Go to www.urbanfarm.org/veteranfarmers for more information and links on this podcast, and to find our other great guests.

Sep 11, 2018

Reducing food waste and feeding plants at the same time.

In This Podcast: He grew up on a farm, and as a teenager he thought he needed to do something more than just take care of the cows. Josh Krenz went to college, found his way into marketing, and was learning the business end of farming and multi-national distribution. Eventually he decided to refocus his priorities a little closer to home that also made a difference. He tells us about creating an organic fertilizer using grocery store waste and optimized with a specialized metrics system.

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Josh is the CEO and founder of Vivid Life Sciences, a plant physiology company offering LIFEFORCE as one of their brand products.  He knows the business of farming from both sides — from large-scale sophistication and multi-national distribution with companies like Land O’ Lakes, to boot-strapping startups.

Farmer Josh follows his heart when tending to his Highland cattle, organizing trips to the farm for local schools and charity events, or helping with his wife’s veterinary clinic. At the same time, he calculates his path forward with a head for business and a vision to bring more sustainability and performance to plant nutrition. He has worked in the fertilizer business a long time and is focusing on trying to reduce food waste by re-purposing it into fertilizer.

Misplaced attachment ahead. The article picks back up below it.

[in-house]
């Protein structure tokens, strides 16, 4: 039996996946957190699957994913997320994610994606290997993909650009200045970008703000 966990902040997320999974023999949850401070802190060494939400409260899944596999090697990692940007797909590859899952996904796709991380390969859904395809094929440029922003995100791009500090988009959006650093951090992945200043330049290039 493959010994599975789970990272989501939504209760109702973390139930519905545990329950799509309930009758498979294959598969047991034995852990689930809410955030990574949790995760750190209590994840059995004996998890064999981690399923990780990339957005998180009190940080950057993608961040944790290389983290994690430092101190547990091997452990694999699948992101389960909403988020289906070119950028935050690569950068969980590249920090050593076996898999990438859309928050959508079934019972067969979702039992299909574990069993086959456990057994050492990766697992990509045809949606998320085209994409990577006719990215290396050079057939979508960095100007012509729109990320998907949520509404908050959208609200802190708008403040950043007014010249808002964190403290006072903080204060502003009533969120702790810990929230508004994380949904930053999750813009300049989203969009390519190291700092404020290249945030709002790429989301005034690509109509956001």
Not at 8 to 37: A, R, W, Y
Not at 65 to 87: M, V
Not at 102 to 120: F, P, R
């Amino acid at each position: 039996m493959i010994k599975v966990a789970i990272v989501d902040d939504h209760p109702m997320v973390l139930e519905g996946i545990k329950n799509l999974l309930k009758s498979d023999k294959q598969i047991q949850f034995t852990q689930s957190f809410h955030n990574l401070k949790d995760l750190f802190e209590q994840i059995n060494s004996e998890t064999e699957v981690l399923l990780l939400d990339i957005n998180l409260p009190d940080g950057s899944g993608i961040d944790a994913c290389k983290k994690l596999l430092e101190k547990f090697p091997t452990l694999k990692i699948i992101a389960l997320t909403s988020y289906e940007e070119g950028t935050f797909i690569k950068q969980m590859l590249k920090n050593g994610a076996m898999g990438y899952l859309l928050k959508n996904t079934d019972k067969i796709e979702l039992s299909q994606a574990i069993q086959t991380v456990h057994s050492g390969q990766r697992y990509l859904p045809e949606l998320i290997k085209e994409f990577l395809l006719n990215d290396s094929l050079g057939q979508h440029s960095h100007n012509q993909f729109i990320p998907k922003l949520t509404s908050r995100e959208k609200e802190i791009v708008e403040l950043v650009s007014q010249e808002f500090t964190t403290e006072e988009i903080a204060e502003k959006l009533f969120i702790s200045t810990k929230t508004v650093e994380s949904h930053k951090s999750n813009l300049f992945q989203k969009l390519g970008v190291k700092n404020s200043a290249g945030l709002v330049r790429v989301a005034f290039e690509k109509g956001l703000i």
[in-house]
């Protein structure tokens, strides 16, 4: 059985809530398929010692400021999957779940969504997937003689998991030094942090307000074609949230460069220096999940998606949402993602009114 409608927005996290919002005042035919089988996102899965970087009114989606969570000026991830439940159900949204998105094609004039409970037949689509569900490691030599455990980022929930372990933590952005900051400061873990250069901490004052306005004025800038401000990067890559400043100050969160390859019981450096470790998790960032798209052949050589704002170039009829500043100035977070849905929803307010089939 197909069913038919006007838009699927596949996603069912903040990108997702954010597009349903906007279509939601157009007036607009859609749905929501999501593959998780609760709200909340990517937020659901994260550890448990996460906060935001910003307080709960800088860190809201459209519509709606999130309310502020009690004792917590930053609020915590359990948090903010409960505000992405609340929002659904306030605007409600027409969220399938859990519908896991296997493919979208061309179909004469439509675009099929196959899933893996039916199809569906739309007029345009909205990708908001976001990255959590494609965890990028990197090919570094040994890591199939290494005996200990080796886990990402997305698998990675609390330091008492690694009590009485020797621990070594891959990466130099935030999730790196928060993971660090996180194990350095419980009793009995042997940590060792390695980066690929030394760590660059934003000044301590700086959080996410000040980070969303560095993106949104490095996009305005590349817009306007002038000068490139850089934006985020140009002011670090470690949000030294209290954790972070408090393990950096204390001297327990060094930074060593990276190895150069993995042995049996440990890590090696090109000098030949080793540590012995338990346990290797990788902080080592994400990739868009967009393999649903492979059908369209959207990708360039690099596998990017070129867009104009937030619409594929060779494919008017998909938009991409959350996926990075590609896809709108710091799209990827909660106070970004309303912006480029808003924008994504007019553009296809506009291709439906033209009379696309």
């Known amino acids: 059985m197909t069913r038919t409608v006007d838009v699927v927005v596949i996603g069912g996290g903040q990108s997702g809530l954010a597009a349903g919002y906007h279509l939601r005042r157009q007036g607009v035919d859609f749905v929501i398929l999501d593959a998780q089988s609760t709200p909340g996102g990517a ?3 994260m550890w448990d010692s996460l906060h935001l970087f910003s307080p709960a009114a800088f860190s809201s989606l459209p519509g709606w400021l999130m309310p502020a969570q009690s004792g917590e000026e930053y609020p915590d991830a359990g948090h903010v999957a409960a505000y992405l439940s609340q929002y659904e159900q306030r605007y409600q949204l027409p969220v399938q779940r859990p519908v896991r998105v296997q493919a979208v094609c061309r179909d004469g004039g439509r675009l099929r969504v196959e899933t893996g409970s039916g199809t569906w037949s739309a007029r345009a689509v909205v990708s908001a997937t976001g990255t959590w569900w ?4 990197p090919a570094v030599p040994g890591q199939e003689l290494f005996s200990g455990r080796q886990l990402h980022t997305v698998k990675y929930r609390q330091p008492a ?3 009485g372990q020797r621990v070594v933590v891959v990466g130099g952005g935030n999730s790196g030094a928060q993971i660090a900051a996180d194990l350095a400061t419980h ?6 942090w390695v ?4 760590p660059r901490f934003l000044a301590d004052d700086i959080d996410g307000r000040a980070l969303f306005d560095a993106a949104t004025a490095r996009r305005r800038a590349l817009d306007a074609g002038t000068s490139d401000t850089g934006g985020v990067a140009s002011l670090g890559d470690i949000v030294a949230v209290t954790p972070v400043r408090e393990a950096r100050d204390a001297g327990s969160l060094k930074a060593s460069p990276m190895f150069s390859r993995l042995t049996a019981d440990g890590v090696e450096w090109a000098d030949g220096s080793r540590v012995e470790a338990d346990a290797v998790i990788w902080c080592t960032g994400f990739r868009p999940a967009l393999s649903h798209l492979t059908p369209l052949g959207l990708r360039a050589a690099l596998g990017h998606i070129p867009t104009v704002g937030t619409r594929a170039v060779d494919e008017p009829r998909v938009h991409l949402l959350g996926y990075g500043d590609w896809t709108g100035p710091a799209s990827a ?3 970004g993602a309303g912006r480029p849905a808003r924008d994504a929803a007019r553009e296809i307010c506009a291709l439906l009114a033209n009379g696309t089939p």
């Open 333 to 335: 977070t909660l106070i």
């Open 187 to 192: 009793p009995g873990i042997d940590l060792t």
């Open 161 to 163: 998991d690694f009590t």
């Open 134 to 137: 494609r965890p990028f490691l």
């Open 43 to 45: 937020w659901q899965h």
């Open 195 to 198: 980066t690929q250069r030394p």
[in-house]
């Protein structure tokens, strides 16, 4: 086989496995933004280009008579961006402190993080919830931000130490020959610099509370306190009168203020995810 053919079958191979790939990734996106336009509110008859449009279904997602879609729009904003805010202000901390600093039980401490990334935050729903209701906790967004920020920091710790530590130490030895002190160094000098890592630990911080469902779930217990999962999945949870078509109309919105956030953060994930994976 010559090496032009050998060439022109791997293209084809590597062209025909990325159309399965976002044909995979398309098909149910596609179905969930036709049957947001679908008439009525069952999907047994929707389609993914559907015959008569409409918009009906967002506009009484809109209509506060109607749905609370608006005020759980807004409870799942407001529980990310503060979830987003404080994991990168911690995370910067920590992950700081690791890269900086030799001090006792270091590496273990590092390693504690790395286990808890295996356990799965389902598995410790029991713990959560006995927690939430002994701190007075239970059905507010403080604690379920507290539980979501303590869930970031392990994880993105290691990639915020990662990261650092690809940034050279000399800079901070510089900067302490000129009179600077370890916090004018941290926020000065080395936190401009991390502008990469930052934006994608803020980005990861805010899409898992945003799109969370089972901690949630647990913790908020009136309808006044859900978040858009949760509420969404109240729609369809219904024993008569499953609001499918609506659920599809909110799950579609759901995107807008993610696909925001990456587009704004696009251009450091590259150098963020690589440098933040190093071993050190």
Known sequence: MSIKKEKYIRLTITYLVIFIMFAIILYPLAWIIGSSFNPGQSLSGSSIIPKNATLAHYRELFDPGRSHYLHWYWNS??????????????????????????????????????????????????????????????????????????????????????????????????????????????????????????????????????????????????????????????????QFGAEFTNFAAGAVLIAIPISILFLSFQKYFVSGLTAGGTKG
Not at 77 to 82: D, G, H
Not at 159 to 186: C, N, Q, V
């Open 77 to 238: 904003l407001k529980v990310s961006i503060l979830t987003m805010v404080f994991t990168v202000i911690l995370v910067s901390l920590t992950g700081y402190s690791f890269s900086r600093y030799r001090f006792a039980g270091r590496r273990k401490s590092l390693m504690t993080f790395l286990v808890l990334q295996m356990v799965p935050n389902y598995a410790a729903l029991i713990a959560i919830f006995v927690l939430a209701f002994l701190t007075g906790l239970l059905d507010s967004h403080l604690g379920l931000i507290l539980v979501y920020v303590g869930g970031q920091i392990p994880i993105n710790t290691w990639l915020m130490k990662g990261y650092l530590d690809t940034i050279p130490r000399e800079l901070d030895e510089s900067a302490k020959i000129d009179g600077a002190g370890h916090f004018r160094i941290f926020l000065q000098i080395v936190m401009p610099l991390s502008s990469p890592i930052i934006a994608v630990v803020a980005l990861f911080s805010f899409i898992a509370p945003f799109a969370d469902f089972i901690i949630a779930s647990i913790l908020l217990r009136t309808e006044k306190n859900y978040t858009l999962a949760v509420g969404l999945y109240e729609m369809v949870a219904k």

Go to www.urbanfarm.org/lifeforce for more information and links on this podcast, and to find our other great guests.

Sep 8, 2018

Building history with six generations on the same homestead.

In This Podcast:

She and her husband bought his parents’ home and she thought it was just going to be temporary until she could get a place out in the country. Now Lynn McMahon is able to share her gratitude to her grandchildren and with us for the special connection to family and history on this homestead. Even the plants and trees help connect multiple generations together in this EPIC story of multiple generations on the same homestead.

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Lynn lives with her husband Mike and their Walker Coonhound on their family's 128-year-old urban farm homestead bought by her husband’s great grandfather in 1890 on the outskirts of town. They are the 4th generation living in the house and growing food on a small city lot. They’ve raised 4 children there and now with 8 grandchildren visiting, the 6th generation is connected to the very same land.